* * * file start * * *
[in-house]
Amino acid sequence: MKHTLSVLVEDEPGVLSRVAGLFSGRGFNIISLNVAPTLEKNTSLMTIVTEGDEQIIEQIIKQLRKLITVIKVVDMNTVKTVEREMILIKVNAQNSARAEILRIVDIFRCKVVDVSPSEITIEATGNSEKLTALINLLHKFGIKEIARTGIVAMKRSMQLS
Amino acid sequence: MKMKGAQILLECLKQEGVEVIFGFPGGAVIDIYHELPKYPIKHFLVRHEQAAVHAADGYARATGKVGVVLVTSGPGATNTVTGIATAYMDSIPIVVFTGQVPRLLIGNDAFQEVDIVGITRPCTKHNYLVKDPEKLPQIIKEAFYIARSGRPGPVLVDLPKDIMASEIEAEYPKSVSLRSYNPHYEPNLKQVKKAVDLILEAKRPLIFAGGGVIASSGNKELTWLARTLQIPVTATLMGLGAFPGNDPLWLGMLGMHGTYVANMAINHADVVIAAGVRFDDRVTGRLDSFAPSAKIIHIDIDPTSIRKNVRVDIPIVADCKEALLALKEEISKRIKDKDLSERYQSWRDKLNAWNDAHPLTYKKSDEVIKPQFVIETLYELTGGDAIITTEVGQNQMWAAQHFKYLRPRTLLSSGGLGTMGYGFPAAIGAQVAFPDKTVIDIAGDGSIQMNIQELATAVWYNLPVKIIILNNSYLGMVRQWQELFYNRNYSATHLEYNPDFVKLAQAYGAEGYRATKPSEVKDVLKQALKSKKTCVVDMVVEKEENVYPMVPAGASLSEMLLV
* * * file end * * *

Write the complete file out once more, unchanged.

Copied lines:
[in-house]
Amino acid sequence: MKHTLSVLVEDEPGVLSRVAGLFSGRGFNIISLNVAPTLEKNTSLMTIVTEGDEQIIEQIIKQLRKLITVIKVVDMNTVKTVEREMILIKVNAQNSARAEILRIVDIFRCKVVDVSPSEITIEATGNSEKLTALINLLHKFGIKEIARTGIVAMKRSMQLS
Amino acid sequence: MKMKGAQILLECLKQEGVEVIFGFPGGAVIDIYHELPKYPIKHFLVRHEQAAVHAADGYARATGKVGVVLVTSGPGATNTVTGIATAYMDSIPIVVFTGQVPRLLIGNDAFQEVDIVGITRPCTKHNYLVKDPEKLPQIIKEAFYIARSGRPGPVLVDLPKDIMASEIEAEYPKSVSLRSYNPHYEPNLKQVKKAVDLILEAKRPLIFAGGGVIASSGNKELTWLARTLQIPVTATLMGLGAFPGNDPLWLGMLGMHGTYVANMAINHADVVIAAGVRFDDRVTGRLDSFAPSAKIIHIDIDPTSIRKNVRVDIPIVADCKEALLALKEEISKRIKDKDLSERYQSWRDKLNAWNDAHPLTYKKSDEVIKPQFVIETLYELTGGDAIITTEVGQNQMWAAQHFKYLRPRTLLSSGGLGTMGYGFPAAIGAQVAFPDKTVIDIAGDGSIQMNIQELATAVWYNLPVKIIILNNSYLGMVRQWQELFYNRNYSATHLEYNPDFVKLAQAYGAEGYRATKPSEVKDVLKQALKSKKTCVVDMVVEKEENVYPMVPAGASLSEMLLV